Why the Puerto Rico GOP primary matters

Republican presidential candidate, former Pennsylvania Sen. Rick Santorum, right, waves at supporters following a campaign rally in Old San Juan, Puerto Rico, March 15, 2012.
AP Photo/Ricardo Arduengo
Rick Santorum, Puerto Rico
Republican presidential candidate, former Pennsylvania Sen. Rick Santorum, right, waves at supporters following a campaign rally in Old San Juan, Puerto Rico, Thursday March 15, 2012.
AP Photo/Ricardo Arduengo

The U.S. territory of Puerto Rico will have no say in the presidential election come November, and its Sunday primary has been overshadowed by bigger upcoming races in states like Illinois.

Still, frontrunners Mitt Romney and Rick Santorum ventured off the mainland this week to woo Puerto Rico voters. In a race in which every delegate counts -- and in which a connection with the Latino vote could pay off in the long run -- the Puerto Rico primary will matter more than many probably expected it to this year.


Puerto Rico will award a total of 23 delegates after Sunday's primary -- 20 at-large delegates will be allocated proportionally while the last three will remain unbound to any candidate, though they can state their candidate preference.

That makes Puerto Rico nearly as delegate-rich as Guam, the Northern Mariana Islands, American Samoa and the U.S. Virgin Islands combined. After Romney won 34 delegates delegates in those territories, his campaign noted boasted in a memo that they "helped expand his delegate lead, pushing him closer to the nomination."

With that in mind, it's not that surprising that Romney is heading to Puerto Rico on Friday, while his wife Ann joined Puerto Rico Gov. Luis Fortuno to meet with Puerto Rican senior citizens earlier in the day.

Newt Gingrich hasn't traveled to the island himself, but his daughter Kathy Lubbers has spent the past two days there. Meanwhile, Santorum visited Puerto Rico earlier in the week, but the trip may have backfired after he stirred up controversy by asserting that English should be spoken "universally" in Puerto Rico before the territory becomes a state. Santorum said his initial comments were misconstrued, but they nevertheless cost him two important Puerto Rico supporters who found the remarks offensive.

CBS News Estimated Republican Delegate Scorecard

Latino vote

Santorum's remarks could do broader harm to his reputation within the Latino community, since Republicans already suffer from the perception that they're insensitive to Hispanic issues and culture.

"We're not a separate country," Fortuno, who endorsed Romney in January, told CNN on Friday in response to Santorum's position on the issue. "Gov. Romney has shown respect for our heritage and our history, understands it better."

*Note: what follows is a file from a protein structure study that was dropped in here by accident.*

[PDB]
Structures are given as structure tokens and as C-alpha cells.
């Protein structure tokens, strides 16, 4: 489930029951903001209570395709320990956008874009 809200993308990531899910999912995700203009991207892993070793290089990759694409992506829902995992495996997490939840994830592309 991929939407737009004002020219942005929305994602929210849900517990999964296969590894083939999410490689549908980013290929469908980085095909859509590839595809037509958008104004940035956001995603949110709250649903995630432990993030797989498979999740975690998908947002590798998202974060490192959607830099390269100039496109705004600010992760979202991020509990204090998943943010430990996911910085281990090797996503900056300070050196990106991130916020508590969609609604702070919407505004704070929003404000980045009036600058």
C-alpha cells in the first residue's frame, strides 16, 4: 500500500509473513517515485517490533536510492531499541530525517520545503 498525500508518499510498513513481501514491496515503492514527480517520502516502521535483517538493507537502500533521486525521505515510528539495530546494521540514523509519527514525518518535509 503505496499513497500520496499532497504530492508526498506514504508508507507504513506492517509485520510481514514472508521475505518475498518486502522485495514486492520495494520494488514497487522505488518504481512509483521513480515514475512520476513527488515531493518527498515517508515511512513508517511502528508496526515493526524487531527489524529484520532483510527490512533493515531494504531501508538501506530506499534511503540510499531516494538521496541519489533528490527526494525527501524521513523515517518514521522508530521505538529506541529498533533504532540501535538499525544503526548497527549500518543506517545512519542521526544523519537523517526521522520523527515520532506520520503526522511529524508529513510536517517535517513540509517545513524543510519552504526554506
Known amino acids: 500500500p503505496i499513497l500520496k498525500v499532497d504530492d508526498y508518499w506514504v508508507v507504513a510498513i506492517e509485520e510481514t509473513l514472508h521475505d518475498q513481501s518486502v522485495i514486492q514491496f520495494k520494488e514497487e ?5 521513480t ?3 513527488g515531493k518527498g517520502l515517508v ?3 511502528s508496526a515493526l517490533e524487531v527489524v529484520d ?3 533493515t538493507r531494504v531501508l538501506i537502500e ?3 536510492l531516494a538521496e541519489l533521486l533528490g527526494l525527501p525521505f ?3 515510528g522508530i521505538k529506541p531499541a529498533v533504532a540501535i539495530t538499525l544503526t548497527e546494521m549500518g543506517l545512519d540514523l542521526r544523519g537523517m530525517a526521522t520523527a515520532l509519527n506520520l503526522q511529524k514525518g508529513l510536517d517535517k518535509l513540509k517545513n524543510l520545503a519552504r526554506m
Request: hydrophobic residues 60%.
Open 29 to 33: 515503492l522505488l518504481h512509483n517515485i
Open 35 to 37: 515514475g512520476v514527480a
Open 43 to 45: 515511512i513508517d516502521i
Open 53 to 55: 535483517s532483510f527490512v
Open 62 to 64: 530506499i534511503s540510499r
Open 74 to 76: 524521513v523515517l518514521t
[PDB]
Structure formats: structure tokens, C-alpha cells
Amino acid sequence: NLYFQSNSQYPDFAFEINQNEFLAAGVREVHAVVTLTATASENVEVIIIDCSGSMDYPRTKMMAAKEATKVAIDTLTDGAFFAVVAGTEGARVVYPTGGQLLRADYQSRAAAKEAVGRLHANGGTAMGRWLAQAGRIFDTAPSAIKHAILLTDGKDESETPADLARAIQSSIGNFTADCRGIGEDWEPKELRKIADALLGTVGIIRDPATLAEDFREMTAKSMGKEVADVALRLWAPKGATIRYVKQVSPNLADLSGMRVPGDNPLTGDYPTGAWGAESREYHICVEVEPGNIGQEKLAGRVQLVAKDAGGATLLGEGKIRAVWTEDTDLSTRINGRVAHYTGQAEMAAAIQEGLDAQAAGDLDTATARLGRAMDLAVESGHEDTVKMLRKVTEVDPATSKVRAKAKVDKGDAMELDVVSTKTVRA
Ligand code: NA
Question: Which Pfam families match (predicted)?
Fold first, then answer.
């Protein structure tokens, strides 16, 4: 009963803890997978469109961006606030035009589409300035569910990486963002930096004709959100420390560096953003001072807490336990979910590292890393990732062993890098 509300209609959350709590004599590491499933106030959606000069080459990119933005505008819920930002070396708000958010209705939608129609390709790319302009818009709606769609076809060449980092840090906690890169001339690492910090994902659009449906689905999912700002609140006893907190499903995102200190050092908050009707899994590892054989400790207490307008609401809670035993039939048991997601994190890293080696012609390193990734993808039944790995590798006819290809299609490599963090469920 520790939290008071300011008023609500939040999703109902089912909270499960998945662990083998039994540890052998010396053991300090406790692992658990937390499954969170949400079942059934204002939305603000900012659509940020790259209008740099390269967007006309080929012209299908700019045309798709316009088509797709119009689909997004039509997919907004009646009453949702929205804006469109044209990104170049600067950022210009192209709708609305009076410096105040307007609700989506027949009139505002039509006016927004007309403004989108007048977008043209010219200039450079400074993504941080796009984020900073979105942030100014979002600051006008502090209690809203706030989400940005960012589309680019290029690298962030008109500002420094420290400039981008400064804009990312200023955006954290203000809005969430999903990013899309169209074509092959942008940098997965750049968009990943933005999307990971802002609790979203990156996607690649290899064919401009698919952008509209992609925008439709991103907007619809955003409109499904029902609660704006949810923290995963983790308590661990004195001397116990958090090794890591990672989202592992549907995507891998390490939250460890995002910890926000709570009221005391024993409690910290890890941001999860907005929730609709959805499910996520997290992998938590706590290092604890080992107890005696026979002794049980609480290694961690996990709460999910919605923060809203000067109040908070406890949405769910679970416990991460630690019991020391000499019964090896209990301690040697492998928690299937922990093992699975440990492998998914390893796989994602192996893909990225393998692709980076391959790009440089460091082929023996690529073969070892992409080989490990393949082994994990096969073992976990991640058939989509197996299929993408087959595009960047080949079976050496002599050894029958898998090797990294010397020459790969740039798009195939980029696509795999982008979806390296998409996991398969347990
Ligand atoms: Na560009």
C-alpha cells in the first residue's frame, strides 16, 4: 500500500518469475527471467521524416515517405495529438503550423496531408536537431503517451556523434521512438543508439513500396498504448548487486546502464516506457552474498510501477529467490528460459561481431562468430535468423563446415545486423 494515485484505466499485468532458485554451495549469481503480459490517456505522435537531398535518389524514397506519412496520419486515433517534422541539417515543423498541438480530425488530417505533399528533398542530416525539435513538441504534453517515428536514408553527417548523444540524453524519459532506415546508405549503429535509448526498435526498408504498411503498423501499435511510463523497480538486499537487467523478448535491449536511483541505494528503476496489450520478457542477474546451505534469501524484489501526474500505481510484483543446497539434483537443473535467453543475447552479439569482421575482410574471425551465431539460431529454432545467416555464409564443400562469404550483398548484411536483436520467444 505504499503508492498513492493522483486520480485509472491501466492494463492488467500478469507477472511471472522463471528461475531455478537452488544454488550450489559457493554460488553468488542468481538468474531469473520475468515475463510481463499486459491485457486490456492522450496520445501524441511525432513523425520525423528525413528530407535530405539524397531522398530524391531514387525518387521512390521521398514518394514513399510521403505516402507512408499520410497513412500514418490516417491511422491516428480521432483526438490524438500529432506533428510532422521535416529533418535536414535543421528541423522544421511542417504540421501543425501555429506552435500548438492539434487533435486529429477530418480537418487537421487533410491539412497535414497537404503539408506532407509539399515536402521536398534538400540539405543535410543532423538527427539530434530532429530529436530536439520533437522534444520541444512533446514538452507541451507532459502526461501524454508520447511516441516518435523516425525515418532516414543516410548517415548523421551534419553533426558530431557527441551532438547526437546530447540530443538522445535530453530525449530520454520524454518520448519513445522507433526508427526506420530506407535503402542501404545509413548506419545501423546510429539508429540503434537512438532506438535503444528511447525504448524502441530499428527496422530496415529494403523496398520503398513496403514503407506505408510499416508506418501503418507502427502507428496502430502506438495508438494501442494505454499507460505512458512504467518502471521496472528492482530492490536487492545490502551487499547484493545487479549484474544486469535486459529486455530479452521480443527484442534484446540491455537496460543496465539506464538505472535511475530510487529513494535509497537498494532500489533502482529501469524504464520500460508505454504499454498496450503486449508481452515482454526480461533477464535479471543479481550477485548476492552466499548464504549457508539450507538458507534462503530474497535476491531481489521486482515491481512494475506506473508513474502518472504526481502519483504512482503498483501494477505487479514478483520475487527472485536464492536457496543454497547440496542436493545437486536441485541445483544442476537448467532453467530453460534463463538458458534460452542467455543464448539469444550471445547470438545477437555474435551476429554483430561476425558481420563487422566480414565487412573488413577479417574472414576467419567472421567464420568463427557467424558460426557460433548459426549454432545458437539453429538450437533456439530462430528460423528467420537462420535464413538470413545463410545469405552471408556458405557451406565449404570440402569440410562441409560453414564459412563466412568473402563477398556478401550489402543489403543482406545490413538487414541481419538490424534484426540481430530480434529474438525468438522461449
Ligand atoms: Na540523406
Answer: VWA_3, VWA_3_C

The results of Sunday's primary could also influence Hispanics -- Puerto Ricans in particular, of course -- on the mainland, both in the primaries and the general election.

While most of the Latinos in the United States are of Mexican descent, Puerto Ricans make up 9 percent of the U.S. Hispanic population, making them the second-largest group. About 10 million Latinos voted in 2010, and some expect about 12 million to vote in November.

The key swing state of Florida is gaining a net 7,300 Puerto Ricans a year, according a 2011 survey by the U.S. Census -- far more than any other U.S. state. About one in 10 Republican voters are Latino in Florida, and Latinos made up 14 percent of Florida Republican primary voters in January. Romney did particularly well among those voters, winning 54 percent of Florida Latino Republicans.

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While Latinos have traditionally been aligned with Democrats, Republicans are trying to make inroads with the demographic group by stressing their economic message.

"What's on [Latino's] minds is what's on your mind and my mind and everybody else's mind: How am I going to provide for my family?," Sen. Marco Rubio, a Hispanic Republican from Florida, said on CBS This Morning in January. "What I encourage our candidates to do is speak to that, and particularly as they are doing, I think, embrace the free enterprise system... I think that's where we win, I think that's where we're different than President Obama and his party."

The message could resonate in states hit hard by the mortgage and financial crises that also have sizeable Latino populations, like Nevada or Florida. It could also resonate particularly well with Puerto Ricans. Even though more than 20 percent of Puerto Ricans have a bachelor's degree -- compared with 16 percent of Puero Ricans on the mainland -- the unemployment rate on the island is about 15 percent.

When Fortuno announced his endorsement of Romney, he stressed the importance of Romney's economic platform. "Mitt Romney is the one candidate who has the record, leadership, experience, and pro-growth plan to continue the course of private-sector job creation we've begun in Puerto Rico and provide economic stability for generations," he said.

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